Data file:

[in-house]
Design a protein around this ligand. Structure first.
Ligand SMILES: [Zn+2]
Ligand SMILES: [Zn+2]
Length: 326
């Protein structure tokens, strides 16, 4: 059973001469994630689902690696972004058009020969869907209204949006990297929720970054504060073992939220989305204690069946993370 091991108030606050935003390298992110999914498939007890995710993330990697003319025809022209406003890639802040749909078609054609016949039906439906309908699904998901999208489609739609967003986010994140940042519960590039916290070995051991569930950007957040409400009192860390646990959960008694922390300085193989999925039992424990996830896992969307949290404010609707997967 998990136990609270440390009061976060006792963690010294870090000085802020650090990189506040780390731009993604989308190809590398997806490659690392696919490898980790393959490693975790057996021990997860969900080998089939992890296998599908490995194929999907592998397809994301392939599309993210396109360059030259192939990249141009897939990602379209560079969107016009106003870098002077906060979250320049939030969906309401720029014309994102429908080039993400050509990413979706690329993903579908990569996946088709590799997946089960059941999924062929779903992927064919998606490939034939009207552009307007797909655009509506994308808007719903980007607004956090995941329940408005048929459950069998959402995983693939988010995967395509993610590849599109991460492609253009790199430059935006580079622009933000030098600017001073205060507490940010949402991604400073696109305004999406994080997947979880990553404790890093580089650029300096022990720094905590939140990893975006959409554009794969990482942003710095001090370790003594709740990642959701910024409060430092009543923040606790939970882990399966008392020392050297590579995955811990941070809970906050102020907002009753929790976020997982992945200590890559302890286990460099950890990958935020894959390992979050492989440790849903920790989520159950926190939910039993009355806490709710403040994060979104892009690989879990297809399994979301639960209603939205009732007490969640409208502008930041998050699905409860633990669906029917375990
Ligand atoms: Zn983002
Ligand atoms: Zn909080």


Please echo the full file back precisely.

[in-house]
Design a protein around this ligand. Structure first.
Ligand SMILES: [Zn+2]
Ligand SMILES: [Zn+2]
Length: 326
């Protein structure tokens, strides 16, 4: 059973001469994630689902690696972004058009020969869907209204949006990297929720970054504060073992939220989305204690069946993370 091991108030606050935003390298992110999914498939007890995710993330990697003319025809022209406003890639802040749909078609054609016949039906439906309908699904998901999208489609739609967003986010994140940042519960590039916290070995051991569930950007957040409400009192860390646990959960008694922390300085193989999925039992424990996830896992969307949290404010609707997967 998990136990609270440390009061976060006792963690010294870090000085802020650090990189506040780390731009993604989308190809590398997806490659690392696919490898980790393959490693975790057996021990997860969900080998089939992890296998599908490995194929999907592998397809994301392939599309993210396109360059030259192939990249141009897939990602379209560079969107016009106003870098002077906060979250320049939030969906309401720029014309994102429908080039993400050509990413979706690329993903579908990569996946088709590799997946089960059941999924062929779903992927064919998606490939034939009207552009307007797909655009509506994308808007719903980007607004956090995941329940408005048929459950069998959402995983693939988010995967395509993610590849599109991460492609253009790199430059935006580079622009933000030098600017001073205060507490940010949402991604400073696109305004999406994080997947979880990553404790890093580089650029300096022990720094905590939140990893975006959409554009794969990482942003710095001090370790003594709740990642959701910024409060430092009543923040606790939970882990399966008392020392050297590579995955811990941070809970906050102020907002009753929790976020997982992945200590890559302890286990460099950890990958935020894959390992979050492989440790849903920790989520159950926190939910039993009355806490709710403040994060979104892009690989879990297809399994979301639960209603939205009732007490969640409208502008930041998050699905409860633990669906029917375990
Ligand atoms: Zn983002
Ligand atoms: Zn909080």